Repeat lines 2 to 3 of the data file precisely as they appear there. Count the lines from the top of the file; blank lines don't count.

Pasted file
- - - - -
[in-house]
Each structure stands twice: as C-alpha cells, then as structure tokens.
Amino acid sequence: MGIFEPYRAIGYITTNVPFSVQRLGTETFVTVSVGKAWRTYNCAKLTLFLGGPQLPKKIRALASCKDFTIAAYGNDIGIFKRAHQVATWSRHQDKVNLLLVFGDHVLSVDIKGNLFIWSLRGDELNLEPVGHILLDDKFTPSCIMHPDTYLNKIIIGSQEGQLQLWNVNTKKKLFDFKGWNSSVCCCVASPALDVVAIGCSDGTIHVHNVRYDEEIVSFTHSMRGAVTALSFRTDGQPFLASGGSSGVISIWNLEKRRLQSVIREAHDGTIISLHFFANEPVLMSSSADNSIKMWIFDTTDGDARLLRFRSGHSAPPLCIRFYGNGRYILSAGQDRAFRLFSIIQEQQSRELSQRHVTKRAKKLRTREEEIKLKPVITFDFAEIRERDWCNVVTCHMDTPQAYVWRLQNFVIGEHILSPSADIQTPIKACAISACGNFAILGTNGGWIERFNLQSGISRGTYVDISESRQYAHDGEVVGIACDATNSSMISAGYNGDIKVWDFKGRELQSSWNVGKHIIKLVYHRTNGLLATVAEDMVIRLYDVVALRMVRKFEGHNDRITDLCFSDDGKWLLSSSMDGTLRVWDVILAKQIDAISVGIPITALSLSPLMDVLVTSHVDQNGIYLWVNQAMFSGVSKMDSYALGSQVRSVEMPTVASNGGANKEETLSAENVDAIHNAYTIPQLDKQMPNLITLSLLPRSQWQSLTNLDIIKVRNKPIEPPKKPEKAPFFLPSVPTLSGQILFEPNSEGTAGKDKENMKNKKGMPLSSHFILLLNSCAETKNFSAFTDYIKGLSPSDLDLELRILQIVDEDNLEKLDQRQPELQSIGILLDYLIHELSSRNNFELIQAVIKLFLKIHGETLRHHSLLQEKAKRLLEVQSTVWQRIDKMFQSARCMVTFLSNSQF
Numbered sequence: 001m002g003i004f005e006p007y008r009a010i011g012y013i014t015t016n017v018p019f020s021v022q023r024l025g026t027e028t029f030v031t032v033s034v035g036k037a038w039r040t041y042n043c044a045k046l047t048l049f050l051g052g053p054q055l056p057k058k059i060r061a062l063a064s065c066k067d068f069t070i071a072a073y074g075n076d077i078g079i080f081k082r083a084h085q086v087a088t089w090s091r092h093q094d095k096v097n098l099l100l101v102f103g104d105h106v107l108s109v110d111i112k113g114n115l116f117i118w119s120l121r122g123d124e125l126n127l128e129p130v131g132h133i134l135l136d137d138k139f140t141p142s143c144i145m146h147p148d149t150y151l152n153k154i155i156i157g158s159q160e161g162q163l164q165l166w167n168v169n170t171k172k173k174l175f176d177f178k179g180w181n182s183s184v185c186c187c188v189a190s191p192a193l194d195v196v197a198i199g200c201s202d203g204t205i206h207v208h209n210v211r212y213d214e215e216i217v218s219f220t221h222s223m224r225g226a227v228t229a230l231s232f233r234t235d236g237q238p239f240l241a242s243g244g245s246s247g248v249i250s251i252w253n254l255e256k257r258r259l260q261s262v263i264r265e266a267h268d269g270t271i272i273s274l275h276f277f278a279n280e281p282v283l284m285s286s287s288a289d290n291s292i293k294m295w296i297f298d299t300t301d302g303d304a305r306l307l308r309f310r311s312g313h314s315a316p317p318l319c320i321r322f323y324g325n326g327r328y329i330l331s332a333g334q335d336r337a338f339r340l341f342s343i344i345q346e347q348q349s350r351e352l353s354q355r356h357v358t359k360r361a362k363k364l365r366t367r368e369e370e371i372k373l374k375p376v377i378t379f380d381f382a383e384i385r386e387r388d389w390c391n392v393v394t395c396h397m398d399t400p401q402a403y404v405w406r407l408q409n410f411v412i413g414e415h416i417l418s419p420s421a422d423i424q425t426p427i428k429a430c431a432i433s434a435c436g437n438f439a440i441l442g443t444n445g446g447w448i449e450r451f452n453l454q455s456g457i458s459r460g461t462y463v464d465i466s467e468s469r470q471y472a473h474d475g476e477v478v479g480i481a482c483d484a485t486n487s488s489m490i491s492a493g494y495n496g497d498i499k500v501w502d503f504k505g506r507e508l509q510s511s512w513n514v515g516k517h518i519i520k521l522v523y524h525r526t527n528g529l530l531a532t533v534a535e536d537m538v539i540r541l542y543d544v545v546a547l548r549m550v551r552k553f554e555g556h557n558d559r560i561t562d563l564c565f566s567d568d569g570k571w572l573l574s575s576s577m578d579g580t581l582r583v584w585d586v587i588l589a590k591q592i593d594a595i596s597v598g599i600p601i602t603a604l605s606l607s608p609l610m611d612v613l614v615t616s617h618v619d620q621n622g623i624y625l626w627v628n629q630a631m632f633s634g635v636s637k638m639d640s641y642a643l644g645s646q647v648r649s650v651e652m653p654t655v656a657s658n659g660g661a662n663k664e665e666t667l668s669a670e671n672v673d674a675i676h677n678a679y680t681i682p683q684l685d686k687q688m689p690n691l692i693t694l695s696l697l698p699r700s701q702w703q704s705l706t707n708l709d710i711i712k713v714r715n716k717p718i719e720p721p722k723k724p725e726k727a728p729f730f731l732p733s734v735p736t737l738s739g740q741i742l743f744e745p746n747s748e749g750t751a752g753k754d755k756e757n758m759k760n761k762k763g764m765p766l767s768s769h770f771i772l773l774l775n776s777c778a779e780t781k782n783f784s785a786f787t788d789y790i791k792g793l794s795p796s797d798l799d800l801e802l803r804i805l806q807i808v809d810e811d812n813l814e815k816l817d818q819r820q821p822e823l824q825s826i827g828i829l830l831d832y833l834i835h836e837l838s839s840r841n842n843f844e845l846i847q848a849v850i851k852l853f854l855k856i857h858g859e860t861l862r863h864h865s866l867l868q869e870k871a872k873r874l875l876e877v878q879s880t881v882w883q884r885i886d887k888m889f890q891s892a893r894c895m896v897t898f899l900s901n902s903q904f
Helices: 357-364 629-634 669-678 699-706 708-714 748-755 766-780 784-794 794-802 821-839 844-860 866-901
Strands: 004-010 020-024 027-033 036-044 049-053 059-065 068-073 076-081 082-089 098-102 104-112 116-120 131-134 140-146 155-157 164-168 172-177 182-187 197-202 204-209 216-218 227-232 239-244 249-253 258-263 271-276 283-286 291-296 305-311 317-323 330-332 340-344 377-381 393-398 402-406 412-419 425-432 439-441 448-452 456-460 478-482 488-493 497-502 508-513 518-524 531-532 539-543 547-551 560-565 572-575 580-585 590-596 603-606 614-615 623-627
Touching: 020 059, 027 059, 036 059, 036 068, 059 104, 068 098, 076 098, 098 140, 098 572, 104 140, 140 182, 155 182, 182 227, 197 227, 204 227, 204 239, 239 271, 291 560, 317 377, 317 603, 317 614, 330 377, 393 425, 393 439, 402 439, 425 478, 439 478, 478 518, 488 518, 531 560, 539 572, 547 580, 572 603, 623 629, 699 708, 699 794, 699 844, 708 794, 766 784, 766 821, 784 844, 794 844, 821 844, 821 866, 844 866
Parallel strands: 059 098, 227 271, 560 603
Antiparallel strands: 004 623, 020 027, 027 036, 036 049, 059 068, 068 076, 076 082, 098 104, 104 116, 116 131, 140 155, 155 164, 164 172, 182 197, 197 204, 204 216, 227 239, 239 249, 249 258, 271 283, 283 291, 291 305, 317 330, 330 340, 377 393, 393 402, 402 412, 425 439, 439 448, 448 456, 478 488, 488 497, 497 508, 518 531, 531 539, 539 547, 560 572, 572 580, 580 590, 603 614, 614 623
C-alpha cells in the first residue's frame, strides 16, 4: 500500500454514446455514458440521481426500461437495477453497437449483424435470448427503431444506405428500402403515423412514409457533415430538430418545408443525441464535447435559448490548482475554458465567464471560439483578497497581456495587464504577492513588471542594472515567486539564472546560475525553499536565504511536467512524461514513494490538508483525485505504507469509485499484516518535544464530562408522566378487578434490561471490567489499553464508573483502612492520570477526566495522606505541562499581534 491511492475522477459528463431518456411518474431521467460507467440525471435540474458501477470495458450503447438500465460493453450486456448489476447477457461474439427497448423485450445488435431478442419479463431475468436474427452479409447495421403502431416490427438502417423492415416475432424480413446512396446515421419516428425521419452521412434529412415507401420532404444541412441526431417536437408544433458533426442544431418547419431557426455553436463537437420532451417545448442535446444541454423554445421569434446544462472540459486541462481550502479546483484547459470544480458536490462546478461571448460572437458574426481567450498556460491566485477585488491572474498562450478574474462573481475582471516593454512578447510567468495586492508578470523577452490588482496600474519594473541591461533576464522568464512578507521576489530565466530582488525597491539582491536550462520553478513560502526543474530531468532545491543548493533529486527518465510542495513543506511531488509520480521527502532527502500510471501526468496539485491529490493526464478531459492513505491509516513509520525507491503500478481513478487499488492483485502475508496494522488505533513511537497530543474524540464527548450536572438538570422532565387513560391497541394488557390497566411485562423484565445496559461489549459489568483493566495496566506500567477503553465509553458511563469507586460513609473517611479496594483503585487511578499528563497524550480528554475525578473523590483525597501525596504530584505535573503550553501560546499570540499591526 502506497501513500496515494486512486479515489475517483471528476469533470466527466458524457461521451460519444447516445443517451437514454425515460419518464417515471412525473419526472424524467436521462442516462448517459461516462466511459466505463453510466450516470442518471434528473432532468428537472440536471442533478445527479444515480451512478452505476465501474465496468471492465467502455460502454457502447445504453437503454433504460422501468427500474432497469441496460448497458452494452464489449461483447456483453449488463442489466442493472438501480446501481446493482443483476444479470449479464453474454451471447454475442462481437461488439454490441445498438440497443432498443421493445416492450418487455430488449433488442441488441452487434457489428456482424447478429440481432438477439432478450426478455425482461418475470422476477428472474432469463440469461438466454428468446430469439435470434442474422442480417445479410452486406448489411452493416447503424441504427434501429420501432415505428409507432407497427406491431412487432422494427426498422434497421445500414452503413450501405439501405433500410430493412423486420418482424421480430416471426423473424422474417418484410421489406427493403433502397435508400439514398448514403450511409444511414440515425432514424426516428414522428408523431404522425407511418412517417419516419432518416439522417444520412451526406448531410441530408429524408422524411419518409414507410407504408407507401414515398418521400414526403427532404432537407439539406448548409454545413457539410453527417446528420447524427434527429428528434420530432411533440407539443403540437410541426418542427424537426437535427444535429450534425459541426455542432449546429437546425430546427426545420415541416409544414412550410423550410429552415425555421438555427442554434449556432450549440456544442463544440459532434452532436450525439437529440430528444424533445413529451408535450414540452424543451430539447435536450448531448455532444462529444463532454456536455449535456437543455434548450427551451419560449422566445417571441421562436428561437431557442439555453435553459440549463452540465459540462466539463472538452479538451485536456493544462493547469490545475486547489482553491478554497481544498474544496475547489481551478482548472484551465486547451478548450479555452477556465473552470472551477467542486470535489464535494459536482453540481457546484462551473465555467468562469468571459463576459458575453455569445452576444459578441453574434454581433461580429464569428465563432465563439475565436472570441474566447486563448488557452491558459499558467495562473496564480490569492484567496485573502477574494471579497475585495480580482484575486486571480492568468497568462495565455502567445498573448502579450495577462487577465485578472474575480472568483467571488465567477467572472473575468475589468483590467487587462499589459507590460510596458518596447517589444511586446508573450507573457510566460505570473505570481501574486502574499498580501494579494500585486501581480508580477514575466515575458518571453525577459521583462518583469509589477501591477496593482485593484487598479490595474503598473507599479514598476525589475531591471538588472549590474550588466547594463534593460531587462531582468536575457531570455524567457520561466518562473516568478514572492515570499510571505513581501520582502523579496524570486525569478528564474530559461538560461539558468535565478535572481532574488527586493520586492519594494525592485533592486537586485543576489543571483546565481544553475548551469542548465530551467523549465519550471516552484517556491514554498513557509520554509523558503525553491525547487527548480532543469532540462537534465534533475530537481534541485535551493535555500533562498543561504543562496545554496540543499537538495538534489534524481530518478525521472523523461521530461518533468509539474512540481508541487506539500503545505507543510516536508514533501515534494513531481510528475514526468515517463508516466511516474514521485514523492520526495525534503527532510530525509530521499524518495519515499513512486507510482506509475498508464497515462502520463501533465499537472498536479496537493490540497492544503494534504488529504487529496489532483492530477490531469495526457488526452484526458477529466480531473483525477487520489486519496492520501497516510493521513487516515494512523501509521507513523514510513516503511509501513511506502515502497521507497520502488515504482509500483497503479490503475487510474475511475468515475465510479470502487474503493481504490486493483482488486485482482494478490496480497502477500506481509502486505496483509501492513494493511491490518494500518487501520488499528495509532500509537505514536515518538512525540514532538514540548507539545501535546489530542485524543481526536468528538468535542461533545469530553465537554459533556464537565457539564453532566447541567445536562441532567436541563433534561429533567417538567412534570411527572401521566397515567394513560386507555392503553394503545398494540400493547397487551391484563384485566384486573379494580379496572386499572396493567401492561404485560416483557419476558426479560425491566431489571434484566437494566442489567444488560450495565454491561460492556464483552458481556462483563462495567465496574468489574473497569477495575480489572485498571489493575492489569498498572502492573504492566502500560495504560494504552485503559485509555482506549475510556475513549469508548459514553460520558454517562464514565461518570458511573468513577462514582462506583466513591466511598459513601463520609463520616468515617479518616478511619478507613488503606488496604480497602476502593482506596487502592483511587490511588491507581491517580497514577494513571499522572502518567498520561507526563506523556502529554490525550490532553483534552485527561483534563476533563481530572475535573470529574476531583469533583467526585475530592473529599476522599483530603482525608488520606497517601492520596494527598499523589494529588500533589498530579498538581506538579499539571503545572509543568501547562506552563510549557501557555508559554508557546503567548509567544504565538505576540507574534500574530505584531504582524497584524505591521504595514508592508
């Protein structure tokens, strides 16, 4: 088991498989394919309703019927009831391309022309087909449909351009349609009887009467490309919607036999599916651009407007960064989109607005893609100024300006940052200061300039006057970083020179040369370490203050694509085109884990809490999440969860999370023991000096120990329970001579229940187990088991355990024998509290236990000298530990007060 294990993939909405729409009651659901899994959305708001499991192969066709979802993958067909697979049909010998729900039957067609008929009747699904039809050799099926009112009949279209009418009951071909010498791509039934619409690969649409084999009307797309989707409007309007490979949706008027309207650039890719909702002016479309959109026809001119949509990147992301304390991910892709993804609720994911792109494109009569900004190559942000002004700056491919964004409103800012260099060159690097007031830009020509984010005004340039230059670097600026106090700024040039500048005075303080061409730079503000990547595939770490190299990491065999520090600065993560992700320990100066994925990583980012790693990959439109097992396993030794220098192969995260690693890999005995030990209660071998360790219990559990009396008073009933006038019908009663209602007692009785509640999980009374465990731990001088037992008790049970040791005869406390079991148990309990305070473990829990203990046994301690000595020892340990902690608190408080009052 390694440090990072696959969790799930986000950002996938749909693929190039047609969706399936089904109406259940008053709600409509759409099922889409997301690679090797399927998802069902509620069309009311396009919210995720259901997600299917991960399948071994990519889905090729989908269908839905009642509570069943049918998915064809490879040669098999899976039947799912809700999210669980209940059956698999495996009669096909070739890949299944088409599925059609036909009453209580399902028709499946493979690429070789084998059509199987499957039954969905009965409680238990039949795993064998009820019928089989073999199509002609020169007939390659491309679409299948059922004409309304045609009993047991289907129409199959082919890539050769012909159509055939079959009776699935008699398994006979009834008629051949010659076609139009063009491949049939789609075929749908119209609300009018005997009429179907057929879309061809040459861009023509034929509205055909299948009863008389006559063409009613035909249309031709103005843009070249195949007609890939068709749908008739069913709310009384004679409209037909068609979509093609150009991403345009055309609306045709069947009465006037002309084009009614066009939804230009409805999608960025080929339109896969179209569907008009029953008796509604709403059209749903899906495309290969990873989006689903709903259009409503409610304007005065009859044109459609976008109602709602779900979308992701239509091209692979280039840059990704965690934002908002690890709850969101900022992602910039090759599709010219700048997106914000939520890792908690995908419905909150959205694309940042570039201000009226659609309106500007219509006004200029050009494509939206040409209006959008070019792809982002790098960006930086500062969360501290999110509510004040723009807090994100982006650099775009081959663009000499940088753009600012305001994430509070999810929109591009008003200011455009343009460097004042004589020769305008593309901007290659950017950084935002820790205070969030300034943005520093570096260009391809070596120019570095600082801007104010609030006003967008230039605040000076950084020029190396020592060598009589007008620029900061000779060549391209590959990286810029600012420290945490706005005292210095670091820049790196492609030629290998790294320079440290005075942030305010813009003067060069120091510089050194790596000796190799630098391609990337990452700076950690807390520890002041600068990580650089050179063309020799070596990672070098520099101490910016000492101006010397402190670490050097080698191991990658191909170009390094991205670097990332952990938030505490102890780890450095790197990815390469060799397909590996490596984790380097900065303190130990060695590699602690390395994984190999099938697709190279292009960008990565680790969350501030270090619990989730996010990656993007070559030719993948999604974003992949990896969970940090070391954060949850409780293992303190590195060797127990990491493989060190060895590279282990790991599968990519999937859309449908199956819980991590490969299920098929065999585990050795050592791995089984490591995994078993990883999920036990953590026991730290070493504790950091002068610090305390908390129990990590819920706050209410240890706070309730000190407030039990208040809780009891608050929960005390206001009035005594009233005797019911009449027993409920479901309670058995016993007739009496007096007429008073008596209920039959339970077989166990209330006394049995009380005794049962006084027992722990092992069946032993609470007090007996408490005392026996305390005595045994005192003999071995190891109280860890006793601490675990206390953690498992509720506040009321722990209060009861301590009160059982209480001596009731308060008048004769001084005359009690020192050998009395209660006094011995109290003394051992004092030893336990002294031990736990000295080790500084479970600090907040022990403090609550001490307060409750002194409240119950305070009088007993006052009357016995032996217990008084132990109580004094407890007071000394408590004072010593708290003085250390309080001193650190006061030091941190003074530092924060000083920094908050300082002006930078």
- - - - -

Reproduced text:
Each structure stands twice: as C-alpha cells, then as structure tokens.
Amino acid sequence: MGIFEPYRAIGYITTNVPFSVQRLGTETFVTVSVGKAWRTYNCAKLTLFLGGPQLPKKIRALASCKDFTIAAYGNDIGIFKRAHQVATWSRHQDKVNLLLVFGDHVLSVDIKGNLFIWSLRGDELNLEPVGHILLDDKFTPSCIMHPDTYLNKIIIGSQEGQLQLWNVNTKKKLFDFKGWNSSVCCCVASPALDVVAIGCSDGTIHVHNVRYDEEIVSFTHSMRGAVTALSFRTDGQPFLASGGSSGVISIWNLEKRRLQSVIREAHDGTIISLHFFANEPVLMSSSADNSIKMWIFDTTDGDARLLRFRSGHSAPPLCIRFYGNGRYILSAGQDRAFRLFSIIQEQQSRELSQRHVTKRAKKLRTREEEIKLKPVITFDFAEIRERDWCNVVTCHMDTPQAYVWRLQNFVIGEHILSPSADIQTPIKACAISACGNFAILGTNGGWIERFNLQSGISRGTYVDISESRQYAHDGEVVGIACDATNSSMISAGYNGDIKVWDFKGRELQSSWNVGKHIIKLVYHRTNGLLATVAEDMVIRLYDVVALRMVRKFEGHNDRITDLCFSDDGKWLLSSSMDGTLRVWDVILAKQIDAISVGIPITALSLSPLMDVLVTSHVDQNGIYLWVNQAMFSGVSKMDSYALGSQVRSVEMPTVASNGGANKEETLSAENVDAIHNAYTIPQLDKQMPNLITLSLLPRSQWQSLTNLDIIKVRNKPIEPPKKPEKAPFFLPSVPTLSGQILFEPNSEGTAGKDKENMKNKKGMPLSSHFILLLNSCAETKNFSAFTDYIKGLSPSDLDLELRILQIVDEDNLEKLDQRQPELQSIGILLDYLIHELSSRNNFELIQAVIKLFLKIHGETLRHHSLLQEKAKRLLEVQSTVWQRIDKMFQSARCMVTFLSNSQF